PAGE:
We certainly applaud Governor Gretchen Whitmer’s call to action on addressing climate change through reductions in carbon emissions – especially in the transportation sector.
However, reducing emissions solely through electric vehicles (EVs) is not going to get our state to carbon neutrality. The state needs a comprehensive approach that also invests in the other, more green transportation solutions: biking, walking, and public transportation.
When it comes to purchase incentives, the Governor should incentivize e-bikes as well as EVs. Why?
- E-bikes produce 81% fewer carbon emissions per mile than EVs. This is due to the latter having greater manufacturing emissions as well as more emissions associated with their electricity and road infrastructure requirements.
- E-bikes use the existing electrical infrastructure and aren’t hampered by the lack of a charging network. This is perhaps one reason why e-bikes are outselling EVs in the U.S.
- E-bike use improves physical and mental health, which reduces health care costs.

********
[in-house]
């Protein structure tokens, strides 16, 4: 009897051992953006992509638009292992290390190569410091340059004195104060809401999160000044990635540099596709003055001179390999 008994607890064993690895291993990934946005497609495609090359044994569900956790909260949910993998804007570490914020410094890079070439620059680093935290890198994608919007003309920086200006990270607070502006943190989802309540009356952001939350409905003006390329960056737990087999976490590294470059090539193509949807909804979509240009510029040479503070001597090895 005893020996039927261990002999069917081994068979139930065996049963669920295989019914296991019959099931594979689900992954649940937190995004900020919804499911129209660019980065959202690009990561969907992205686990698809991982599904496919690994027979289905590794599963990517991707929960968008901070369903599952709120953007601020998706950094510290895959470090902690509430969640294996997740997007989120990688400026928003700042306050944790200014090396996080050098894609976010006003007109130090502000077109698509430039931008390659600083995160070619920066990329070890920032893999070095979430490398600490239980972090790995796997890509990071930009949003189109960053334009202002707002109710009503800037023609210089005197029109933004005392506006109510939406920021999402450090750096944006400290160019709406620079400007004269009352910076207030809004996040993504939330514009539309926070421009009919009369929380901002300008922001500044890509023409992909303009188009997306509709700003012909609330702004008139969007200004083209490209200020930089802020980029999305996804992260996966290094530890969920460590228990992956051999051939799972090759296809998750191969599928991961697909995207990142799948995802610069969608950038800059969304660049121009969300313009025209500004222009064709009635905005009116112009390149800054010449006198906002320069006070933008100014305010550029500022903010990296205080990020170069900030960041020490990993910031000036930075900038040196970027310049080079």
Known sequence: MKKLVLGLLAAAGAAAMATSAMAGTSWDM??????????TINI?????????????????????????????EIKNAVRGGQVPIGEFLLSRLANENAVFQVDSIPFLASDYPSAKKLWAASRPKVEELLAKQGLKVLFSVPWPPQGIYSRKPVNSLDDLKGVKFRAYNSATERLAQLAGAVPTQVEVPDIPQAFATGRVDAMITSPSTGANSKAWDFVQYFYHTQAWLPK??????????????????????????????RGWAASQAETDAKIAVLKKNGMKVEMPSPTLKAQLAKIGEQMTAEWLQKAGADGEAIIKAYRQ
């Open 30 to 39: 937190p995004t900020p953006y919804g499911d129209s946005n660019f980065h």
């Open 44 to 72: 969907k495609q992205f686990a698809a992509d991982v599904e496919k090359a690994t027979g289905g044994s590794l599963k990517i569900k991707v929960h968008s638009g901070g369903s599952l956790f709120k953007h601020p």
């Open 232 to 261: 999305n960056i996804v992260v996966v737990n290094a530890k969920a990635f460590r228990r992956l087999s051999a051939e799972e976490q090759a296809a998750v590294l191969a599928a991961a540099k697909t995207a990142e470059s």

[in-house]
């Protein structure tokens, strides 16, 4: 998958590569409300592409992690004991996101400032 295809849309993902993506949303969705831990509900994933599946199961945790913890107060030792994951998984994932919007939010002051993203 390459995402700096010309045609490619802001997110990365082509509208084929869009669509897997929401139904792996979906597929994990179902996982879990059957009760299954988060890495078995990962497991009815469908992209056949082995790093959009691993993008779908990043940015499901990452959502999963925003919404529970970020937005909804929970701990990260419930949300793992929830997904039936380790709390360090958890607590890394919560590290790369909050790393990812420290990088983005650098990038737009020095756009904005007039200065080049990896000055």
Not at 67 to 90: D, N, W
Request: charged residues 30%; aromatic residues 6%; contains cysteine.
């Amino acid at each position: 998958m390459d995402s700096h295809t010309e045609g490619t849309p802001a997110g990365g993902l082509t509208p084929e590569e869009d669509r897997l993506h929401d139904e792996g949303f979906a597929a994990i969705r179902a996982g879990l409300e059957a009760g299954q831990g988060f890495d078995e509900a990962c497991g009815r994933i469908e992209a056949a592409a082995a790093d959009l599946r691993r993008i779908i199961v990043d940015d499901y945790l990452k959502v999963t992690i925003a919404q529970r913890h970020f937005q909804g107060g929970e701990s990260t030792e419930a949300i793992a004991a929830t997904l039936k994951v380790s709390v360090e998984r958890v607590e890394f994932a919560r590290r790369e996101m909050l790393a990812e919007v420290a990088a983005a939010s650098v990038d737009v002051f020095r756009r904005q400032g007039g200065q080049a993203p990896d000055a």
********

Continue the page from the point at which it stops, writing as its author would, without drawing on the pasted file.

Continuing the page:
- E-bikes were a proven success in the City of Detroit’s Essential Workers Micromobility Pilot. The Pilot user survey found that 95% of the respondents were interested in continued use of the e-bikes. 55% wanted to use them year-round. It gave Detroiters a dependable, affordable transportation choice for their work commute.
Perhaps the most important reasons to go beyond EV incentives are equity and environmental justice.
Subsidizing EVs only helps those who can afford to operate a vehicle. Approximately 34% of Detroiters don’t own a vehicle. According to the University of Michigan Poverty Solutions Report, The Financial Well-Being of Detroit Residents, auto insurance premiums average $5,414, or 18% of the median income in Detroit. An estimated 60% of Detroit drivers don’t have auto insurance according to the Detroit Police. Consumer Reports says, EVs “cost more to insure than equivalent gasoline-powered cars.”
Only incentivizing EVs leaves many people behind.
Another major issue is air pollution. While EVs have zero tailpipe emissions, 90% of all road traffic particulate matter (PM) comes from unregulated, non-tailpipe sources, primarily tire wear and the suspension of road dust. One recent study found some EVs emit an estimated 3-8% more PM 2.5 than equivalent conventional vehicles due to increased curb weights and increased tire wear. Many Detroit communities already pay a heavy price for transportation-related emissions and that will continue if we only encourage EV adoption.
Again, we need a more comprehensive approach that incentivizes other green travel modes for all Michiganders. We’re certainly not against EVs. We just know that an EV-only strategy won’t get us to where we need to be.